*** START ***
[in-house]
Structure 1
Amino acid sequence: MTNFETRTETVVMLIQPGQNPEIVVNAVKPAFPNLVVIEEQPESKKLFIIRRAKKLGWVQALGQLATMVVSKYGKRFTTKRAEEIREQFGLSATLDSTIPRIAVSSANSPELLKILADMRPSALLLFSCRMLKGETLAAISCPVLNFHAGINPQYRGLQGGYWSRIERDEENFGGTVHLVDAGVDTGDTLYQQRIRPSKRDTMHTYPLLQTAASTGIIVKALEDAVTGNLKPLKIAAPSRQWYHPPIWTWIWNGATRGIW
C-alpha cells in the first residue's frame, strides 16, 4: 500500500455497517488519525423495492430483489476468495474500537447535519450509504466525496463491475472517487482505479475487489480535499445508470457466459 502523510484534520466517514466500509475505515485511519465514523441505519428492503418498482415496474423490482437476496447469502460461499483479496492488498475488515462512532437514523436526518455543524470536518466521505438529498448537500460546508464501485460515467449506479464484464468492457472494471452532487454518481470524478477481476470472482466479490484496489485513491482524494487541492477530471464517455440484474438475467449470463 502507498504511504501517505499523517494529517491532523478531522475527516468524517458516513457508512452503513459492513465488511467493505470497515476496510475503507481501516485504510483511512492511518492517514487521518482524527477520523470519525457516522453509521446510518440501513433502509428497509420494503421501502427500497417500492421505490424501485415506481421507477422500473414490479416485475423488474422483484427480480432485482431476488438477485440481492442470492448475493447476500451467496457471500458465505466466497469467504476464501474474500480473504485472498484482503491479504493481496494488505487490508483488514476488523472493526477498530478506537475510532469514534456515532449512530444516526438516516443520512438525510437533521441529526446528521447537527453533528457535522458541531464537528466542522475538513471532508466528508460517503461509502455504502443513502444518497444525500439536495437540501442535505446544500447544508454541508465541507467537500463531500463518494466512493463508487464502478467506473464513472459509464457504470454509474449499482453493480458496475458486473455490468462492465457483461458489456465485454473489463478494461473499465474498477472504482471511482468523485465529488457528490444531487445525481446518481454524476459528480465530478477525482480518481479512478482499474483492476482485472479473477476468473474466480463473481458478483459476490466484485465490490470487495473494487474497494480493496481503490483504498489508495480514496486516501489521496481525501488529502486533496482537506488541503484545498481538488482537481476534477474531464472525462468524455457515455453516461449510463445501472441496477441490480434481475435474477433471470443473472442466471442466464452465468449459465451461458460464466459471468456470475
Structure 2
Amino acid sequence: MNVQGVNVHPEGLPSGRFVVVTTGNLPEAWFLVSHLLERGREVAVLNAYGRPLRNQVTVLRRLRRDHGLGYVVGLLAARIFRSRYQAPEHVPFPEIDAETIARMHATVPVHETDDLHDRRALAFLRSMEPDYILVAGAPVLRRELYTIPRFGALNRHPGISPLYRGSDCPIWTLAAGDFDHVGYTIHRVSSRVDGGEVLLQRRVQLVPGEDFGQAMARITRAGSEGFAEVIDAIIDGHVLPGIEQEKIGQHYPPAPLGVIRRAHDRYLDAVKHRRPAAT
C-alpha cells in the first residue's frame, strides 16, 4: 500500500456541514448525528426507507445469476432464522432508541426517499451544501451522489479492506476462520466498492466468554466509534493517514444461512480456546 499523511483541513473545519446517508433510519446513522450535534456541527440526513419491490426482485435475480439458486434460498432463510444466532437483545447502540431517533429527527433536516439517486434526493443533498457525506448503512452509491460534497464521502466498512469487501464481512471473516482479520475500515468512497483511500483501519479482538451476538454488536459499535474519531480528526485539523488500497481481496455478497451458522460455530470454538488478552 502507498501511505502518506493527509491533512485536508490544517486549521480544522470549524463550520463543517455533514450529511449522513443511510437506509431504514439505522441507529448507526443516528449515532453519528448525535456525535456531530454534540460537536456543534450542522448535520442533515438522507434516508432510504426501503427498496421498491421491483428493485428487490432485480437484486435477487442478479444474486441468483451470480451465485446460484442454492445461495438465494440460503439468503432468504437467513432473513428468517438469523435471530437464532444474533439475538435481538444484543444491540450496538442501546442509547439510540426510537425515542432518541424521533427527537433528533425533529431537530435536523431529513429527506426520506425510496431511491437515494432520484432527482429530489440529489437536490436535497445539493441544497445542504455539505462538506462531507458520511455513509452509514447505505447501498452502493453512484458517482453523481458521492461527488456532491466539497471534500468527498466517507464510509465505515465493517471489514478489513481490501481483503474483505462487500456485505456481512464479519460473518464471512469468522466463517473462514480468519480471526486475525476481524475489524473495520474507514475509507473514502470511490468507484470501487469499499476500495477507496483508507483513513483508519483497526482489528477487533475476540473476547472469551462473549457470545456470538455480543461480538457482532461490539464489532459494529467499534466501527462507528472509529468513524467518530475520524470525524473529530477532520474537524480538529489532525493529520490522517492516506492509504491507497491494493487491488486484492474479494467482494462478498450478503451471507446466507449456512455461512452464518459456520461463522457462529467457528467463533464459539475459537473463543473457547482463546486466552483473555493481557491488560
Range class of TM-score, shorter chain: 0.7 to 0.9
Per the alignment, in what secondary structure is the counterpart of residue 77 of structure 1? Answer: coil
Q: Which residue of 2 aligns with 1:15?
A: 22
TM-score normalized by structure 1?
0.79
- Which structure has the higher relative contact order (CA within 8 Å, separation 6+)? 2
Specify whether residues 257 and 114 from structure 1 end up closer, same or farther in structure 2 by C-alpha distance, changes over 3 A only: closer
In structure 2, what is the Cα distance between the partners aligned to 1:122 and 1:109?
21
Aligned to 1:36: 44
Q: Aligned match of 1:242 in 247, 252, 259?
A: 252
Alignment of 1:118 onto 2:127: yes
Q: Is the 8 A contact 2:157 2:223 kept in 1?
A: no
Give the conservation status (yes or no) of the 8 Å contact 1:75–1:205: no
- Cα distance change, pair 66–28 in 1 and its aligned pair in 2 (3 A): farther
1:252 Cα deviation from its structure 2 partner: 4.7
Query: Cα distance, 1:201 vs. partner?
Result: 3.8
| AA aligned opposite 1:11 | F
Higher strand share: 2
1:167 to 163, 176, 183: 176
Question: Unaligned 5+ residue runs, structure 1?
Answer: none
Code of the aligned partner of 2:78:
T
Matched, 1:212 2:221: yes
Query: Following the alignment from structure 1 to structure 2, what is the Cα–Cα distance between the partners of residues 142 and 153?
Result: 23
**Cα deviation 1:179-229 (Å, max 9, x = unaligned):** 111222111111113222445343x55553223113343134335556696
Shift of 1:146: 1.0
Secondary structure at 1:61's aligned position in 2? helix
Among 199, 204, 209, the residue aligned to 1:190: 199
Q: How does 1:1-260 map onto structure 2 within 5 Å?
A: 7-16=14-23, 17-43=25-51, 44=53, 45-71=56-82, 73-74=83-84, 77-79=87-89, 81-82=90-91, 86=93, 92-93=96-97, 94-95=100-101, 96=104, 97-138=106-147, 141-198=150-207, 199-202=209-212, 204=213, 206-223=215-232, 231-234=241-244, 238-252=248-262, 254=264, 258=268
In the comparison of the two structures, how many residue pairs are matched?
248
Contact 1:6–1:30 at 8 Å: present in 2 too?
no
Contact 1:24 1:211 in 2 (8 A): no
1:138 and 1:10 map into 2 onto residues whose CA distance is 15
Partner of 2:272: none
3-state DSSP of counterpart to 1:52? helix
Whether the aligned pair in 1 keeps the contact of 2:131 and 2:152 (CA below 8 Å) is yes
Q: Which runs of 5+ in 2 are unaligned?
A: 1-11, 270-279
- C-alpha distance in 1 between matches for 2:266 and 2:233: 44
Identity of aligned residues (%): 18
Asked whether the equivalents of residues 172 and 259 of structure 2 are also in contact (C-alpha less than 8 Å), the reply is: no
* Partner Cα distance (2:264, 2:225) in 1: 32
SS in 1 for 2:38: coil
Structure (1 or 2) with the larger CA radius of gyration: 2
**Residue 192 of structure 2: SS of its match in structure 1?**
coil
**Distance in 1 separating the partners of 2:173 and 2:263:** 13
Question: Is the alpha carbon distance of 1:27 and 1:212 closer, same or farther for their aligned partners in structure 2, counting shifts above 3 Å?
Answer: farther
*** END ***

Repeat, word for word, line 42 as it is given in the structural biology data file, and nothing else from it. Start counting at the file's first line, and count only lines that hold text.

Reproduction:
Among 199, 204, 209, the residue aligned to 1:190: 199